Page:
Background: Hypogonadism (impaired sex hormone production) is a major feature of PWS, although the clinical expression is variable. Nevertheless, early onset of puberty has been seen in both sexes, and pregnancies have been documented in some PWS women. The causes of hypogonadism in PWS are heterogeneous, encompassing a spectrum which includes primary testicular and ovarian defects, combined gonadal and pituitary hormone deficiencies, and hypothalamic dysfunction resulting in gonadotropin deficiency. We previously reported reproductive hormone profiles in a cross-sectional, nationwide PWS population and showed that primary gonadal defects are the major contributor to hypogonadism in these patients. Pituitary gonadotropin deficiency is found in only a minority of PWS individuals.
Objectives: We wish to extend our current study of individual changes in hormone levels in our large, nationwide PWS population by addressing the following questions: (1) Does the type of hypogonadism (primary gonadal failure vs hypogonadotropic hypogonadism) persist or fluctuate from infancy through childhood, adolescence, and adulthood? (2) What is the age range for puberty onset in PWS children? (3) What is the time course of pubertal progression until pubertal arrest is noted? (4) Can we identify a subgroup of PWS women who may potentially be fertile? (5) Can we suggest appropriate recommendations for the timing and types of hormonal replacement based on each individual’s hormonal profile?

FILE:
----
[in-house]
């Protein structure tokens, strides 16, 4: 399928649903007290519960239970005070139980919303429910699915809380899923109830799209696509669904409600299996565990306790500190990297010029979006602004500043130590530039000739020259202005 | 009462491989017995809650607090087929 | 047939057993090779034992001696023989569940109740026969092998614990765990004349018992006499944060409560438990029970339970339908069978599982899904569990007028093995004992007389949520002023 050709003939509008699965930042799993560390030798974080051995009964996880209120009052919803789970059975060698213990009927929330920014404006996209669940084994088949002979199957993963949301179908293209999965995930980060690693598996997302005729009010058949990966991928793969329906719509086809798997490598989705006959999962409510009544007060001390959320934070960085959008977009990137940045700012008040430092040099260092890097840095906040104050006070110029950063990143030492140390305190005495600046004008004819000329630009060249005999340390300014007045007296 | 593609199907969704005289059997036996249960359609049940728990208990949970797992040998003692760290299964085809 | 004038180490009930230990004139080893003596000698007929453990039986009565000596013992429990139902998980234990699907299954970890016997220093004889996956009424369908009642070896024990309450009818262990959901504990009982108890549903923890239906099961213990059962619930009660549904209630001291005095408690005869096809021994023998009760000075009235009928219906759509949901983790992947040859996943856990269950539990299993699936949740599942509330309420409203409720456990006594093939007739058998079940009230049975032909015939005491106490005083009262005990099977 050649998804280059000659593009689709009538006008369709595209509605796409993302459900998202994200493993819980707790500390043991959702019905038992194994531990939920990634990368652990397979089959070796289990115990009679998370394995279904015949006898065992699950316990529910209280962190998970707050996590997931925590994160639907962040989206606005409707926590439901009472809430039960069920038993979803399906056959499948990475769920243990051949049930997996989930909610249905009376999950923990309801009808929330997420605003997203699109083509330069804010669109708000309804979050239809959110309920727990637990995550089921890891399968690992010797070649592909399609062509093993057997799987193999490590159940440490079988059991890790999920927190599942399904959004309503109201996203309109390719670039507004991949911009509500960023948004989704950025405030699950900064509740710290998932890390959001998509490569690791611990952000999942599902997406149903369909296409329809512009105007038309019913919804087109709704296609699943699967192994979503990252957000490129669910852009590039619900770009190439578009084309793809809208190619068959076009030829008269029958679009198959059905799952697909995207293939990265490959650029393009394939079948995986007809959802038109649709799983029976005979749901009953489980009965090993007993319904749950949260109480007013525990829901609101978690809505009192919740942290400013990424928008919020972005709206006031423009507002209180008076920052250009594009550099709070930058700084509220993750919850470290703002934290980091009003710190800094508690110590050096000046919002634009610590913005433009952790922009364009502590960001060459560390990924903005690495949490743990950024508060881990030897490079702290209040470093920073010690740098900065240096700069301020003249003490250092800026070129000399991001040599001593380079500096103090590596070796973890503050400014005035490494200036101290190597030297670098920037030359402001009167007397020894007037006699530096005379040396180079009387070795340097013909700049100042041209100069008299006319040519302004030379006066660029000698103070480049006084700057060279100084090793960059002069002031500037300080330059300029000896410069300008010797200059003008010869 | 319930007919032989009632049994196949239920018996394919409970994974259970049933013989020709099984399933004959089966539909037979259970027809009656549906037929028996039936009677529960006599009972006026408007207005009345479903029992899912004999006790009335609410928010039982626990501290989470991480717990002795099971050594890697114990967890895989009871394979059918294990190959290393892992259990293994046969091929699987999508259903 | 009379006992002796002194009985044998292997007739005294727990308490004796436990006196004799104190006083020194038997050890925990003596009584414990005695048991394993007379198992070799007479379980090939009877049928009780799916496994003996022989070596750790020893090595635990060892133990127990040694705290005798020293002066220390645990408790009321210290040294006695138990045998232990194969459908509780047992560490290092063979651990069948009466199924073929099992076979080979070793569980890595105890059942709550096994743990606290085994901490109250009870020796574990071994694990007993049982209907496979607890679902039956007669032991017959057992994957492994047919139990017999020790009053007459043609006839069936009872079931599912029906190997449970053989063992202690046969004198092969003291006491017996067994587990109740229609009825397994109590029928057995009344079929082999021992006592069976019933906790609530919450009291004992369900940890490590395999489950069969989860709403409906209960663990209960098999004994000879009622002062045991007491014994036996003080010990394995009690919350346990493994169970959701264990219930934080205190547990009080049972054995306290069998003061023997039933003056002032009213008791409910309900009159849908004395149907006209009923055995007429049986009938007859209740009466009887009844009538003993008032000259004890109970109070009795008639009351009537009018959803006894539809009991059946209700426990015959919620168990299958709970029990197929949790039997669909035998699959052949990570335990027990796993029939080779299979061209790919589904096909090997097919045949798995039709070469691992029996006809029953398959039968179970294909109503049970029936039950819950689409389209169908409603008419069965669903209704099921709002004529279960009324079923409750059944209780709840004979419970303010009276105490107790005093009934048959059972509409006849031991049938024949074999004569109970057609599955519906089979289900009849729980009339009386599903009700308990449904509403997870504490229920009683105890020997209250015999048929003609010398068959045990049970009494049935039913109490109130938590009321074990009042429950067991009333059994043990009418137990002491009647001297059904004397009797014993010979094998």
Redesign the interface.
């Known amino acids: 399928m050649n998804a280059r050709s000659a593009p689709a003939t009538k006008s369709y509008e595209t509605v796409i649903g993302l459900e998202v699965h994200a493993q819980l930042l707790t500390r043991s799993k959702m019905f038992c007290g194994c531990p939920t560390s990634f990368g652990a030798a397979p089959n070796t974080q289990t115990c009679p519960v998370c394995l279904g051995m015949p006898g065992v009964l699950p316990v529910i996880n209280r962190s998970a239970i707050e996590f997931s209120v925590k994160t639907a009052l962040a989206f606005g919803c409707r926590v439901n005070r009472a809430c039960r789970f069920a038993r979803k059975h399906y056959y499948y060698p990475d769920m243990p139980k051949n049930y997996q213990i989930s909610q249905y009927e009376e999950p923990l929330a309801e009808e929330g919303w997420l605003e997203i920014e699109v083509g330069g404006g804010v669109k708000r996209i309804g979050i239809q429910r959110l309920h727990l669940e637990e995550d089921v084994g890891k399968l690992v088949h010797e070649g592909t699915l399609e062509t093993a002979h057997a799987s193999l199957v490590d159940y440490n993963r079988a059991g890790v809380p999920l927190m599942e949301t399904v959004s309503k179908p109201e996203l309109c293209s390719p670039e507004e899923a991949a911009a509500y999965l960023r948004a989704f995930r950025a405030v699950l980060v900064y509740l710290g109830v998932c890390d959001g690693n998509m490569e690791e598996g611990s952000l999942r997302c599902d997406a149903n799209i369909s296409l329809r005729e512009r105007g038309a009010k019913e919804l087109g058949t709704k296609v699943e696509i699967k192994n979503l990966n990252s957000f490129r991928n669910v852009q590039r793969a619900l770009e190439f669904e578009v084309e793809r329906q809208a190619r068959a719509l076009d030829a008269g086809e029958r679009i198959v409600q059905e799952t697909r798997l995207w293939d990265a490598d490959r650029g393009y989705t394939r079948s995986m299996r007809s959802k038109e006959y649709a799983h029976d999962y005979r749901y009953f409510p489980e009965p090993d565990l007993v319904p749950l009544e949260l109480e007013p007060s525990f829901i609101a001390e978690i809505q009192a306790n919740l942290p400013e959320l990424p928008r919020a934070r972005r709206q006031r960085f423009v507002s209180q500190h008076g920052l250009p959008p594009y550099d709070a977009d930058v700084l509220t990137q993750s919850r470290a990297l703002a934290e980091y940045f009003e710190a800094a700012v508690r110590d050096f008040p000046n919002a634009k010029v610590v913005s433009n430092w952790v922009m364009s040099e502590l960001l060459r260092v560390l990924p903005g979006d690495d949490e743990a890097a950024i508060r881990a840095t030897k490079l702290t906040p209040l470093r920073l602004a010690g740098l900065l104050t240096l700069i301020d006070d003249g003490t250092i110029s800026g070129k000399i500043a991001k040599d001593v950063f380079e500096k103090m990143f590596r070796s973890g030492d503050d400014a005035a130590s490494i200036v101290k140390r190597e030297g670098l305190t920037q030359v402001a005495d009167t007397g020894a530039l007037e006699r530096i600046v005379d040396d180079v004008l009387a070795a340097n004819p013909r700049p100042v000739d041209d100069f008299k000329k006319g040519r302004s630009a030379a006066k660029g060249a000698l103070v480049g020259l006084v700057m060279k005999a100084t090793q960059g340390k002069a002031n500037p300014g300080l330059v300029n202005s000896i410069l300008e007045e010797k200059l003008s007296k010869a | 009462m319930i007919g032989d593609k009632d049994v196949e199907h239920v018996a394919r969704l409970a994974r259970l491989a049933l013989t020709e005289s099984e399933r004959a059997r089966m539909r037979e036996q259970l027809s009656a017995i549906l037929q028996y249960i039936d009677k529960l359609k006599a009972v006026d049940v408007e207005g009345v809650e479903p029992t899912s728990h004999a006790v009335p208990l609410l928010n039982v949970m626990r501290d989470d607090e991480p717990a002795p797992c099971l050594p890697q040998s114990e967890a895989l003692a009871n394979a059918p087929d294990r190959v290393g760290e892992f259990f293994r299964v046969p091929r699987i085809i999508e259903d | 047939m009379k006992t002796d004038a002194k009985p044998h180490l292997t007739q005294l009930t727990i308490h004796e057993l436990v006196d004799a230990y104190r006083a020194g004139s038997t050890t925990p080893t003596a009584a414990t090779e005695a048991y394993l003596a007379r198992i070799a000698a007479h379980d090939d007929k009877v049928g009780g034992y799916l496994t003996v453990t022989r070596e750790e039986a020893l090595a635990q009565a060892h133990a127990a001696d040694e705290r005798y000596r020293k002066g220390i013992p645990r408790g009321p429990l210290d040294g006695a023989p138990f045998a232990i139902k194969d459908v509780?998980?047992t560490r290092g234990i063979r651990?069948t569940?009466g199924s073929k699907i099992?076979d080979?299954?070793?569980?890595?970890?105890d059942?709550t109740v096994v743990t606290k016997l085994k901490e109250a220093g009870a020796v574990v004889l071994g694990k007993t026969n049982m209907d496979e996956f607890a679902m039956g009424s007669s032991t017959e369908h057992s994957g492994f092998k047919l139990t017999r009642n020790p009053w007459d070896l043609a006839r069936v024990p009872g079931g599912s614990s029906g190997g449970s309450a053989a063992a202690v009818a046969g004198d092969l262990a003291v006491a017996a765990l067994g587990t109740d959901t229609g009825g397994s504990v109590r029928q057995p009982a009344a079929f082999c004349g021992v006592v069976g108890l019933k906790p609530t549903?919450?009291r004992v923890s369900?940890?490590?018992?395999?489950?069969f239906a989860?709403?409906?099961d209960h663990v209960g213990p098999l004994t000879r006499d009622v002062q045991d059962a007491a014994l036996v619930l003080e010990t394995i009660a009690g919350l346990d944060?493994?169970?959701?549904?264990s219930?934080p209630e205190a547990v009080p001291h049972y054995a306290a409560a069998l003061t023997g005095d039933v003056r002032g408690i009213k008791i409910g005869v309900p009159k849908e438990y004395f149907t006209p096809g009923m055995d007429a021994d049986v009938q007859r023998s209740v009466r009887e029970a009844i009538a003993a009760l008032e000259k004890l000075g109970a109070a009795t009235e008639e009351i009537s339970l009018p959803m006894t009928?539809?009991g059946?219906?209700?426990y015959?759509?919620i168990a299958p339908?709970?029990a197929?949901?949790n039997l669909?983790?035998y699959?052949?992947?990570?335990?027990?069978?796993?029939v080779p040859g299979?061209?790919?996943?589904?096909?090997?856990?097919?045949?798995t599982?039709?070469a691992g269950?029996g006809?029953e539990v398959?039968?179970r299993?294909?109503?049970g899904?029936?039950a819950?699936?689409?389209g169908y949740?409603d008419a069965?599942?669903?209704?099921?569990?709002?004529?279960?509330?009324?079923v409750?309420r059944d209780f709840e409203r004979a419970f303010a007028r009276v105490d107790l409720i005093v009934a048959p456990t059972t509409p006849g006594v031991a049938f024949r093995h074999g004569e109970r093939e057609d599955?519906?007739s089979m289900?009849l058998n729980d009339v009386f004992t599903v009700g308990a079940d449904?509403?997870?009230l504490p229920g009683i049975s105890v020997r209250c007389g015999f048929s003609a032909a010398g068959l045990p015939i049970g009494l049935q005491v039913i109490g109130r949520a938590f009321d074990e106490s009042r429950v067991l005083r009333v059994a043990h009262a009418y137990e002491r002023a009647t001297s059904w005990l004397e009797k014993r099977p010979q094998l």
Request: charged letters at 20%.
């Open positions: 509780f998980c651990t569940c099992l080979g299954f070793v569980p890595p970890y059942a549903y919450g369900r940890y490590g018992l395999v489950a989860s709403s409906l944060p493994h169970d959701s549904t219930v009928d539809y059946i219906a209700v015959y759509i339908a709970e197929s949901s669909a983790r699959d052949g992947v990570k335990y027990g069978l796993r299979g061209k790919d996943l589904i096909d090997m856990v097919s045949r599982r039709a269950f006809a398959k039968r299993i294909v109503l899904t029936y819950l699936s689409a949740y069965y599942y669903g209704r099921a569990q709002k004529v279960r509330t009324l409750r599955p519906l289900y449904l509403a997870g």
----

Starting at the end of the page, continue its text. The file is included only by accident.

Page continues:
Aims: We plan to obtain a third clinical and laboratory evaluation of our initial cohort of 82 PWS individuals (37 males, 45 females; ages 6 weeks to 32 years). Data will include physical examination including Tanner staging, menstrual history, and blood sampling for reproductive and pubertal hormones including the specific gonadal hormones: anti-Mullerian hormone and inhibin B. Results of the initial evaluation will be used as each individual’s control data. Hormone levels will also be compared with normal age-appropriate reference standards
Significance: Detailed knowledge of the natural development of puberty and reproductive hormones among PWS individuals is needed in order to tailor appropriate recommendations for hormone replacement or contraception in PWS individuals. Furthermore, this information is important for planning age-appropriate sex education and counseling in this population.
Learn more about the importance of growth hormone therapy for PWS.
Varda Gross-Tsur, MD
Shaare Zedek Medical Center, Israel